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Employed or self-employed? That is the question

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12 April 2019

The question may not be as old as Shakespeare (or indeed ever posed by him), but it is one that businesses have been agonising over for many years.

Where a new worker is taken on, it is the firm’s responsibility to assess whether they are an employee or genuinely self-employed. Incorrectly treating an individual as self-employed can be very expensive, as HMRC can seek to collect the PAYE tax and national insurance from the firm possibly going back a number of years. 

Where the nature of a worker’s status is not certain, it may be tempting to play it safe and treat them as an employee. This can result in employer’s national insurance contributions being paid unnecessarily and the worker will likely resist if they strongly believe they are a self-employed contractor. 

Historically, the risk to the firm of getting it wrong could be avoided by engaging the worker through their own limited company. In that situation, the worker could still be deemed an employee of the firm but the liability for underpaid PAYE duties lays with the limited company.

The rules changed for public sector bodies engaging workers through limited companies in April 2017. Public bodies are now responsible for the status assessment, thereby shifting the risk back to the engager.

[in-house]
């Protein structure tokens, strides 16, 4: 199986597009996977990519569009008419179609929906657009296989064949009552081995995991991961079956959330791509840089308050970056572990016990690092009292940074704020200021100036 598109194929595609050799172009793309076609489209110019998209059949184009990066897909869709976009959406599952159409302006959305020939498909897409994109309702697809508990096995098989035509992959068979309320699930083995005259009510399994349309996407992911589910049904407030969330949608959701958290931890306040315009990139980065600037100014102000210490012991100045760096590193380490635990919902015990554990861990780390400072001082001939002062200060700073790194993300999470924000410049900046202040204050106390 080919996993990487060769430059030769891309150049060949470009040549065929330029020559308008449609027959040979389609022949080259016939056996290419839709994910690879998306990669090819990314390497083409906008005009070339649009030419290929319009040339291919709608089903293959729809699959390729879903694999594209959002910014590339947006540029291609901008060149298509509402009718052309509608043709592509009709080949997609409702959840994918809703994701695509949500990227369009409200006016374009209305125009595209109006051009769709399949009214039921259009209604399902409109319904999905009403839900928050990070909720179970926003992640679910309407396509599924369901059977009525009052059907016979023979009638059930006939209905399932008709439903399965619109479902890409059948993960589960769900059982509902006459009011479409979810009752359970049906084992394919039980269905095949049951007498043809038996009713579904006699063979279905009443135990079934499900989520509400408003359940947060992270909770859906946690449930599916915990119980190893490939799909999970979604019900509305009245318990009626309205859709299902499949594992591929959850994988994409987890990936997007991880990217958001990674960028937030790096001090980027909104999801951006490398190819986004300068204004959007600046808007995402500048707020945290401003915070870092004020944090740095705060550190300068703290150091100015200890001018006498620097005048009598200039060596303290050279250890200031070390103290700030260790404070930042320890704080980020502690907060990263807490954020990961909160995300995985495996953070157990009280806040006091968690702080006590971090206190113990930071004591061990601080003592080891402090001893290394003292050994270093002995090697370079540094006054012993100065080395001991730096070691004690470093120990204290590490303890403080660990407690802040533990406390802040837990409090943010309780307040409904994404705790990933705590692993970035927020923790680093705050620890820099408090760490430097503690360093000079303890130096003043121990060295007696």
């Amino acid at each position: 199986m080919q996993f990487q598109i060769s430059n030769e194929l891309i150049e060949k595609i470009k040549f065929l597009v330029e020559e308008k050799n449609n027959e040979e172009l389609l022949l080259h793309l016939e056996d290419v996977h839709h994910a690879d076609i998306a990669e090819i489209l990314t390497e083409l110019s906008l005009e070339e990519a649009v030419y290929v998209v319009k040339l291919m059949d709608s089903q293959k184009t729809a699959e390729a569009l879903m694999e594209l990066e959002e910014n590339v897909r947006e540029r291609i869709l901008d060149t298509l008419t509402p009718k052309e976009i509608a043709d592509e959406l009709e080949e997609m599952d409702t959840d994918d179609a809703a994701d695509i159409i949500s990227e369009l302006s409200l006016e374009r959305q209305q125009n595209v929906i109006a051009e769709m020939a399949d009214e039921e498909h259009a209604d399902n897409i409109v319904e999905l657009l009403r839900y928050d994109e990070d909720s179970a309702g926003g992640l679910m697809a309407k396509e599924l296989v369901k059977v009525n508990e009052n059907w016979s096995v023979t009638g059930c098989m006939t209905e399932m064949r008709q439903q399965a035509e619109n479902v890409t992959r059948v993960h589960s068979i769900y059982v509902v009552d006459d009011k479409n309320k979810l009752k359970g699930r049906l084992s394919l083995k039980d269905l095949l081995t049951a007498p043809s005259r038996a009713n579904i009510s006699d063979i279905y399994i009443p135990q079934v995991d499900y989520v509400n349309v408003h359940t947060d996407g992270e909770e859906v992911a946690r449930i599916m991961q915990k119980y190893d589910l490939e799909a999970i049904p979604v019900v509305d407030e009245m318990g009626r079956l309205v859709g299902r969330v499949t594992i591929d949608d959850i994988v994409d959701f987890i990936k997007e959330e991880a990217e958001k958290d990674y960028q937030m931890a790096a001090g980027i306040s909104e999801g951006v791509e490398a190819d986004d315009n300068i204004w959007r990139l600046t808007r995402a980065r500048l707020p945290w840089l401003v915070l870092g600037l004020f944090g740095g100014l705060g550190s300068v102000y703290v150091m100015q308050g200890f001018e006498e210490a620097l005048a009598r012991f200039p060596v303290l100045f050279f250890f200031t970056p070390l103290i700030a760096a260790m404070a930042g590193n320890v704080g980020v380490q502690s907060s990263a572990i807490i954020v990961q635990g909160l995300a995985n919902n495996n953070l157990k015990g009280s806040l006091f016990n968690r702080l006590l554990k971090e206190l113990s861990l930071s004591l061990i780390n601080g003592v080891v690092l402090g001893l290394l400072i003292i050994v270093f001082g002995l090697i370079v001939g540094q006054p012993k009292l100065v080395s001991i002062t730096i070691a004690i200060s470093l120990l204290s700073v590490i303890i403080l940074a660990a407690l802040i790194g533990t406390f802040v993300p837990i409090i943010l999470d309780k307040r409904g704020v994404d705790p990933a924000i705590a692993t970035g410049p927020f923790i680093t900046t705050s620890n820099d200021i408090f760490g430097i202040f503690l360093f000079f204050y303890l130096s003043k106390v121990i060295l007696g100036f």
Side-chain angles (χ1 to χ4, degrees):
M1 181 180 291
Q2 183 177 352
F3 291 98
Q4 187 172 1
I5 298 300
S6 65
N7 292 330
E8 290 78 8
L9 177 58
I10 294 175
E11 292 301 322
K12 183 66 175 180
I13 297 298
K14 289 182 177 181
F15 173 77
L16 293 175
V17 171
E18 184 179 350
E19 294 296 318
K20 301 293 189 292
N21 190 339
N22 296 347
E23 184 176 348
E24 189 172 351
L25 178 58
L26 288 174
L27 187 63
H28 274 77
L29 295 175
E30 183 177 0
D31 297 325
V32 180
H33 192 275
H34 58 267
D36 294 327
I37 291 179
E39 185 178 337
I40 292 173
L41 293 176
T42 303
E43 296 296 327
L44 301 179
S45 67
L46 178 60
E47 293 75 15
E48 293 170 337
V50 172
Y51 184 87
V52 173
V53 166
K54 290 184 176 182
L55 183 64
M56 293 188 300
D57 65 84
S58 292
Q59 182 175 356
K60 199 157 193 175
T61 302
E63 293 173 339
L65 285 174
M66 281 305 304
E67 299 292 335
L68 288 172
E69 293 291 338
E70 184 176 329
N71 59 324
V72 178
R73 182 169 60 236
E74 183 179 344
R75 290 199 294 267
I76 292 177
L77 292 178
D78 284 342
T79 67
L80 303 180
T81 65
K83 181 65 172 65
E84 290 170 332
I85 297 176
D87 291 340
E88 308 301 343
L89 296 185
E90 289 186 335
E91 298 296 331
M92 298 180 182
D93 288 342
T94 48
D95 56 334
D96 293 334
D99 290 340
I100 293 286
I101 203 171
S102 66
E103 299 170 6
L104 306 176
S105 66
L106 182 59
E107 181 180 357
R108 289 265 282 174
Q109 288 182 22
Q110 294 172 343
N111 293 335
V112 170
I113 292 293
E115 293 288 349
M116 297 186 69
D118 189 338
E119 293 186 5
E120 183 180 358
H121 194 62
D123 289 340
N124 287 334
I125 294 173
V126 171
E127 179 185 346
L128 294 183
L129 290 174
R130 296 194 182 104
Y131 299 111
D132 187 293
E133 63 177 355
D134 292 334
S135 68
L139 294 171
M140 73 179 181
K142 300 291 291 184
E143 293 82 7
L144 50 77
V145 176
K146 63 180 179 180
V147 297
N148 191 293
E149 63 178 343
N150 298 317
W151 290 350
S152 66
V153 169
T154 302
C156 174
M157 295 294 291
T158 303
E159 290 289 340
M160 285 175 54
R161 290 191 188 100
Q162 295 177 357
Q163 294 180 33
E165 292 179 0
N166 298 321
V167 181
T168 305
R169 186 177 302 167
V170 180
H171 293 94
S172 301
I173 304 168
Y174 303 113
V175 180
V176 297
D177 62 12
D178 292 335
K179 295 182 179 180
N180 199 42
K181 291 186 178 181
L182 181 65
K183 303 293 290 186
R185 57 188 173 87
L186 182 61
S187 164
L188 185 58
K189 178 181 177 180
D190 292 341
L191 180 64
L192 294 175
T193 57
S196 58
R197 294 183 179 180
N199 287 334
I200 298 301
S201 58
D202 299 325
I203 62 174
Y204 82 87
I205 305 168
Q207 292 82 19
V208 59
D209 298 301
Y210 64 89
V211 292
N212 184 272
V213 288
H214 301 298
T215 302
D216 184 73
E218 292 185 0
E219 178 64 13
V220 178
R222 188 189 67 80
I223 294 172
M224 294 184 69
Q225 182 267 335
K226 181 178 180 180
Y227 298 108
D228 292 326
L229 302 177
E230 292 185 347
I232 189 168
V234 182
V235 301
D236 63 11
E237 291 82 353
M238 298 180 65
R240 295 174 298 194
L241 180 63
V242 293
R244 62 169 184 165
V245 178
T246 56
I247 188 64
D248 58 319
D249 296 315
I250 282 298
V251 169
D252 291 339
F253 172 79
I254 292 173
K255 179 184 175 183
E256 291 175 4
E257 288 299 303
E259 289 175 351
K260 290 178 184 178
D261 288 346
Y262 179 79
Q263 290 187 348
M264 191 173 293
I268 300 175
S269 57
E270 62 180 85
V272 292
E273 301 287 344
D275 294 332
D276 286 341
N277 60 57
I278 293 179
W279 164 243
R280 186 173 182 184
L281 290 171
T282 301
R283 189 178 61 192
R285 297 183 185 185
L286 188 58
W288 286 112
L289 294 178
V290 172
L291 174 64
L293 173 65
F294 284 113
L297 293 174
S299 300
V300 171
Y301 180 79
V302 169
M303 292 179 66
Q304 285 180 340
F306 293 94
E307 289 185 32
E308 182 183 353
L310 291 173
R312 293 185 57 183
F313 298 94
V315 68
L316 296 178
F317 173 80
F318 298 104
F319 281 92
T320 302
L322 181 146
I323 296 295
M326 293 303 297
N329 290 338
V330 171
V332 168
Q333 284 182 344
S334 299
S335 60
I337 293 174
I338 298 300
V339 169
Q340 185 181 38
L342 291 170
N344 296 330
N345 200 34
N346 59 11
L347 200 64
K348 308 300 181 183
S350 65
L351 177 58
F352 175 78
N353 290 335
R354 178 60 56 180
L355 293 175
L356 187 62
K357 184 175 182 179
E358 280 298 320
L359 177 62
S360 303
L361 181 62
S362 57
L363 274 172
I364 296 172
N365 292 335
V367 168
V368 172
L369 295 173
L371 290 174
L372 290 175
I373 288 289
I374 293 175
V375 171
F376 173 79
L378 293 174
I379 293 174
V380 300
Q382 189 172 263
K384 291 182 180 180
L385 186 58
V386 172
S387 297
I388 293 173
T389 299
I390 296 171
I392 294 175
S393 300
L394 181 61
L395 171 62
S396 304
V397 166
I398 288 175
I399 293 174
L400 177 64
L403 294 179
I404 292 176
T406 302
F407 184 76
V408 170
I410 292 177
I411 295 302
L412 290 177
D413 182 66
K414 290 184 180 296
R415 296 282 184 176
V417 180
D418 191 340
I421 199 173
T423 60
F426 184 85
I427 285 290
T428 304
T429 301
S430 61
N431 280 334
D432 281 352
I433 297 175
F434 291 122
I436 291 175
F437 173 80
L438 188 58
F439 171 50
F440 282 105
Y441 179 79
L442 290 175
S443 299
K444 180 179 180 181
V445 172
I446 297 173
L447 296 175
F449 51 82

In the Budget 2018 it was announced that this change is being extended to medium and large businesses in the private sector with effect from April 2020, but will not apply to small businesses (typically those with turnover of less than £10.2 million). There will be a further consultation on the detail of this change before draft legislation is published. 

The result is that, with the exception of small practices, from April 2020 the risk of getting the status assessment wrong will lie with the firm.

Firms may wish to consider reviewing their consultancy contracts now, in anticipation of the new rules, and we can help with this review. Any worker engaged through a limited company who could be viewed as an employee may need to be added to the payroll, unless the nature of the engagement can be changed.